Gov. Zulum: Please, don’t send all the laborers to a university, instead do this by Abdulhamid Al-Gazali



I am excited that some laborers have begun a path to further their education after meeting Gov. Zulum in Bama. As a teacher in the university who is investing his all to improve the quality of the lives of students, this news should naturally excite me. But I am not only just excited, I now feel ‘validated’ that my time-tested belief is working.

For the whole of the last decade, the service of raising a community of fellow young men for shared prosperity has been brought to my path. I thus always find myself unknowingly playing a philosopher, with assorted ideas from God knows where. One of the things I kept harping on is for young people to do whatever they can do within their limits to create some value that can be paid for. I emphasize that where this doesn’t happen, they should at least not stay idle at home. If you cannot create value, go out there to derive some, wherever you can.

The path to success does not have a clearly marked out map; but there is a certain fact that never failed its test: those who go after it, always found it on paths they had never previously imagined. Even though going back to the classroom (or graduating from one) is not always a success in itself; it is however still one of the major random steps towards it. My point is that if these 37 laborers have not settled for this work, which is probably the best they can do at the moment, they would not have met Gov. Zulum, let alone getting offers to further their studies.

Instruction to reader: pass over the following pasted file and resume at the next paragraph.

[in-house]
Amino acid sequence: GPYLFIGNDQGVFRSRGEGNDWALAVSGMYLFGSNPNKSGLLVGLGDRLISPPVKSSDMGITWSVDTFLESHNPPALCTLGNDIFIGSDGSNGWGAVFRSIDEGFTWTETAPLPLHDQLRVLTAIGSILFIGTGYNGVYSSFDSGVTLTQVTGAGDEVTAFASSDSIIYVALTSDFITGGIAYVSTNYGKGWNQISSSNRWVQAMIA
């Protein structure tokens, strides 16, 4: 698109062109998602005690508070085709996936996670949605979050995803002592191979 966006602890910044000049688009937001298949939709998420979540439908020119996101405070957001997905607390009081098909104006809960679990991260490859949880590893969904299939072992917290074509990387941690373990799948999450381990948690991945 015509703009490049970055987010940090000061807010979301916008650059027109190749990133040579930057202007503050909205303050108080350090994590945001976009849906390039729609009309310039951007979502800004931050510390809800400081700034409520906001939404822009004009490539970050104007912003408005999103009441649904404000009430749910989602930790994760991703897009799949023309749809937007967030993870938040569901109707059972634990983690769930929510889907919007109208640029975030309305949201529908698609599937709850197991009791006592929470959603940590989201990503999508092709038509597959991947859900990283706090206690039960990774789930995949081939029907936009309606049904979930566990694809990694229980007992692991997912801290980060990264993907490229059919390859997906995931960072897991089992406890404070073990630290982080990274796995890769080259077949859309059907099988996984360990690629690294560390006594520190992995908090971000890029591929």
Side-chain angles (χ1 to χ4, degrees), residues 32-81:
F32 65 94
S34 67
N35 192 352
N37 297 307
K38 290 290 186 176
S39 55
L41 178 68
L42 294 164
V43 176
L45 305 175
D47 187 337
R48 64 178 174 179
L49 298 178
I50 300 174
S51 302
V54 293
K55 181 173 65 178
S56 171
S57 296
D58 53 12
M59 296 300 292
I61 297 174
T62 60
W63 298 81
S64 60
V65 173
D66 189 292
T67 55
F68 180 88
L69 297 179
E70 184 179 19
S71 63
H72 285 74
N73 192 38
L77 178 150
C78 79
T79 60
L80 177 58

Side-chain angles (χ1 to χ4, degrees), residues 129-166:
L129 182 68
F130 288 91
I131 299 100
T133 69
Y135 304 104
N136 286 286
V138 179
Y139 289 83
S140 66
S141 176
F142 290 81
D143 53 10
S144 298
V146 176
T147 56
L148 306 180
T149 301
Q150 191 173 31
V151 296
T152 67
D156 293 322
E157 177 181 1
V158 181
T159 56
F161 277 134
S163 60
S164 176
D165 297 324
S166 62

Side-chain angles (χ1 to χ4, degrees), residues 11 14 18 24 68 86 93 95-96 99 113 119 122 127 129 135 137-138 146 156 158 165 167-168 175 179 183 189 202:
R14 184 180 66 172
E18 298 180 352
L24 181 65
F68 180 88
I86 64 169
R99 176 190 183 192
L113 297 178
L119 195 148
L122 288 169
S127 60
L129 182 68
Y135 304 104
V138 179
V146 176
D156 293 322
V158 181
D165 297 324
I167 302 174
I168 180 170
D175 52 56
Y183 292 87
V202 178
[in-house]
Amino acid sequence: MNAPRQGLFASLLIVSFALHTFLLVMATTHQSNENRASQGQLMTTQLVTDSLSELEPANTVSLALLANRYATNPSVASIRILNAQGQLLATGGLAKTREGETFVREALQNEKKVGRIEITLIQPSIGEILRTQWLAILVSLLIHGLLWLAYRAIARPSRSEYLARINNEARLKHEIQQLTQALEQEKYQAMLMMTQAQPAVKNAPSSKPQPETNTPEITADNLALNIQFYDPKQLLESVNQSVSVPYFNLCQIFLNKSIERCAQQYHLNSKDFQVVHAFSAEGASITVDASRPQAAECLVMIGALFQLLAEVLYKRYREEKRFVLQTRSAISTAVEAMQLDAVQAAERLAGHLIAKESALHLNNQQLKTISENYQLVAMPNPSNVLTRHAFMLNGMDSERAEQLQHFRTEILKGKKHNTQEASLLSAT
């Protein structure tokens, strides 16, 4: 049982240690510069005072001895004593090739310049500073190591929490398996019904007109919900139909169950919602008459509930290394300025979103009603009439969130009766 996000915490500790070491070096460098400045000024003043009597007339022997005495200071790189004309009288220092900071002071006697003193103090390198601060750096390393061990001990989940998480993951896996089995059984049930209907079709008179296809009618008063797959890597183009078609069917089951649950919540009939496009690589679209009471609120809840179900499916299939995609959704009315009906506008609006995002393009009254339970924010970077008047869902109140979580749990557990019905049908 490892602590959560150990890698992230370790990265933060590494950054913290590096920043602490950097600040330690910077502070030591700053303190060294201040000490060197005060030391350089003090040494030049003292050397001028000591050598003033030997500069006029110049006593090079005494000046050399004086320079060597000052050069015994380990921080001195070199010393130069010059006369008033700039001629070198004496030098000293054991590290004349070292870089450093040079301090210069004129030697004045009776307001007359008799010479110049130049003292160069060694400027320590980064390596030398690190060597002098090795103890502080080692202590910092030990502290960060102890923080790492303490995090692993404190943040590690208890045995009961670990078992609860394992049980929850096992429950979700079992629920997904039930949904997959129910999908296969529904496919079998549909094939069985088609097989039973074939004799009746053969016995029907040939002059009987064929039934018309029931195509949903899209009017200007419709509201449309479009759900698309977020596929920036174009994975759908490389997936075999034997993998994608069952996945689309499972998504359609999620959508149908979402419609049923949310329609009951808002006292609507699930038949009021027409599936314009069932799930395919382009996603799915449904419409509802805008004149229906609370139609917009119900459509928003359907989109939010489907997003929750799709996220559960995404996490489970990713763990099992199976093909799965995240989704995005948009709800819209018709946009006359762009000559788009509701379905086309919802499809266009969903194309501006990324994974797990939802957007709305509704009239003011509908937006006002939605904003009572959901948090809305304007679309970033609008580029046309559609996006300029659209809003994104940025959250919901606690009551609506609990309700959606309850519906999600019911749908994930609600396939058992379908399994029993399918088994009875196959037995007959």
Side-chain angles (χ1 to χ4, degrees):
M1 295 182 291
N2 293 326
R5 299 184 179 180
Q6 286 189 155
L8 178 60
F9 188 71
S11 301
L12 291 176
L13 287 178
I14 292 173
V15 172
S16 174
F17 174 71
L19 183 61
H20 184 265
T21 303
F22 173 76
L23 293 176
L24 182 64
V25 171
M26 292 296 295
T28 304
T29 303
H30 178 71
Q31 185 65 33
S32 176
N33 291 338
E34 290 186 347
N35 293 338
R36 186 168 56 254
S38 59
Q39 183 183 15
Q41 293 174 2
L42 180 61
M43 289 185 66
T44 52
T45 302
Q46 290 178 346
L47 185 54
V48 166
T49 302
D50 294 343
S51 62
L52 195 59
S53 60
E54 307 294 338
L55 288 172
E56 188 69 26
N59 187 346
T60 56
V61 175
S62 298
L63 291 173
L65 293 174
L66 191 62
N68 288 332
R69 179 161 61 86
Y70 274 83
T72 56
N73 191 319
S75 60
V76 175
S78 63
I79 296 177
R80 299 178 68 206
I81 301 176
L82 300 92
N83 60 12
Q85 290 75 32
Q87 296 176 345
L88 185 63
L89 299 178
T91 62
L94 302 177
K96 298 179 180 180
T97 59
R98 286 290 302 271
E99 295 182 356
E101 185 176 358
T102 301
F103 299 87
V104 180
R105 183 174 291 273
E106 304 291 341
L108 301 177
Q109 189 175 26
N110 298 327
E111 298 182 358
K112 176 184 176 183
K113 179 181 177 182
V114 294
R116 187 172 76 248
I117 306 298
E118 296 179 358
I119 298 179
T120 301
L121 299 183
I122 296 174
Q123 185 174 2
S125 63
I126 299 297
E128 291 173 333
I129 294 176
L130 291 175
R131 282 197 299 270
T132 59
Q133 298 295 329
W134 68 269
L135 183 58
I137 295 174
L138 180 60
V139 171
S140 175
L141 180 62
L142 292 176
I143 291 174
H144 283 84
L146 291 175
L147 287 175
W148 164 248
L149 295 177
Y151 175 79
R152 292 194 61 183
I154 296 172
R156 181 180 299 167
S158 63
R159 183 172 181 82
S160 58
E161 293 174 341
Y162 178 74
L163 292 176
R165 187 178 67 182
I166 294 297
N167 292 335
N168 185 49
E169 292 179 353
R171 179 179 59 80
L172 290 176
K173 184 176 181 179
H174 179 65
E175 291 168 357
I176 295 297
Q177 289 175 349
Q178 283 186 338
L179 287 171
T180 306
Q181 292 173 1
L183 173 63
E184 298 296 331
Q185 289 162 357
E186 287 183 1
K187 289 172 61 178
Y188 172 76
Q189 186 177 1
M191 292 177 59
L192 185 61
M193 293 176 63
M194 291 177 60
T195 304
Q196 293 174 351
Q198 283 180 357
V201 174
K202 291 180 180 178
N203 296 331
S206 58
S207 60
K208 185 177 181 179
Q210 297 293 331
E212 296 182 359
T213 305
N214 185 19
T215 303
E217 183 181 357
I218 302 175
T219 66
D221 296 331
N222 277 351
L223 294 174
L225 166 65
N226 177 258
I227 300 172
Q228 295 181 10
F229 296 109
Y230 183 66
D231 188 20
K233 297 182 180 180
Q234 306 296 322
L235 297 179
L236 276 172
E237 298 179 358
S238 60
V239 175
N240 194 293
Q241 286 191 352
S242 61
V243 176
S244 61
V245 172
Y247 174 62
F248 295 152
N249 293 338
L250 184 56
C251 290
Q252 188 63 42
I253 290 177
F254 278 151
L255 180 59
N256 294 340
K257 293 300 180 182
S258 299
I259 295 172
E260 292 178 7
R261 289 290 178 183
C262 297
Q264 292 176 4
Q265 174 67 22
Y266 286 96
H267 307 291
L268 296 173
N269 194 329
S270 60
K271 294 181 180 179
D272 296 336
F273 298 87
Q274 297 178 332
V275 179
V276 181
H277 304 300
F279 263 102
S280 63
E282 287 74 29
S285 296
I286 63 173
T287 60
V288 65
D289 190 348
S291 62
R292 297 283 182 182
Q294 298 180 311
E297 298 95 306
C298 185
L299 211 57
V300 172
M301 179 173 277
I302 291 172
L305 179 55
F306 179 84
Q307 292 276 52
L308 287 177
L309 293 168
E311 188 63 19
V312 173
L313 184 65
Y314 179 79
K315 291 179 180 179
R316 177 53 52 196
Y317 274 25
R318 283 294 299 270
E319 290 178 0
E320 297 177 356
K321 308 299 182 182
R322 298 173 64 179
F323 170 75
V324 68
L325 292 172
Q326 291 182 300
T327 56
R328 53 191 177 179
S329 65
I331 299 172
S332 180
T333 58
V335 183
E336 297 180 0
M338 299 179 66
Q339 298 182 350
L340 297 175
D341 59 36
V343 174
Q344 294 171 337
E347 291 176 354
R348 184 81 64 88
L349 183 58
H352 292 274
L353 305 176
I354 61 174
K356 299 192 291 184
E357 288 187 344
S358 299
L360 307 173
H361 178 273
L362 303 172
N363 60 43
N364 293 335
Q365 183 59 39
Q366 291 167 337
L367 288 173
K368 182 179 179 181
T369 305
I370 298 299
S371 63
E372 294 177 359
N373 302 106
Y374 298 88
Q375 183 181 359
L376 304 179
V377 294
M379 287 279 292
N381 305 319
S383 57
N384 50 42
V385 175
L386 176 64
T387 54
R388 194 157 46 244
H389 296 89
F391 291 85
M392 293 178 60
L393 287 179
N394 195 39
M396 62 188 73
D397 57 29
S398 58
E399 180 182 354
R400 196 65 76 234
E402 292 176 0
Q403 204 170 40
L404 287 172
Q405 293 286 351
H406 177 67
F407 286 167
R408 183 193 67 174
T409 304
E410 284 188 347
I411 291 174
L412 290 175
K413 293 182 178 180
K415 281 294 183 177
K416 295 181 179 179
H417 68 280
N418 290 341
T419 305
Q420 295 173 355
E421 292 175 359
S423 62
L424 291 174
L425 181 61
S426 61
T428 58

However, on a lighter note, I feel threatened by the offer as I was also previously deeply in construction, with plans of going back soon. But if I was still in it, I would certainly always shut down my site or send my laborers on break whenever I learn that Gov. Zulum will come visiting. Because if he continues to have this kind of interaction with my laborers at site, I will one day wake up to learn that I am left all alone to do all my work, all my laborers gone. But that is one a lighter note.

In any case, that is why I think Gov. Zulum should not send them to a university. Thanks to Prof. Ali Pantami, the new campaigner-in-chief for skills, who is now de-emphasizing our significance of university degrees in the path to success. It should mean nothing that Mr. Pantami fought tooth and nail to guard his very remote award for professorship since, whichever way, he ended up realizing after all the rollercoaster that degrees are almost worthless compared to skills.

Of course that was not what he meant, except that true to type, he has always innocently paid the price for his ignorance of how the Nigerian media space operates, where, as if we live a Bizaro World, black is white, white is black… everything is its opposite. Pantami meant that people should be able to ‘skillify’ their degrees; and if not, at least have skill, even if he didn’t mean or say that exactly.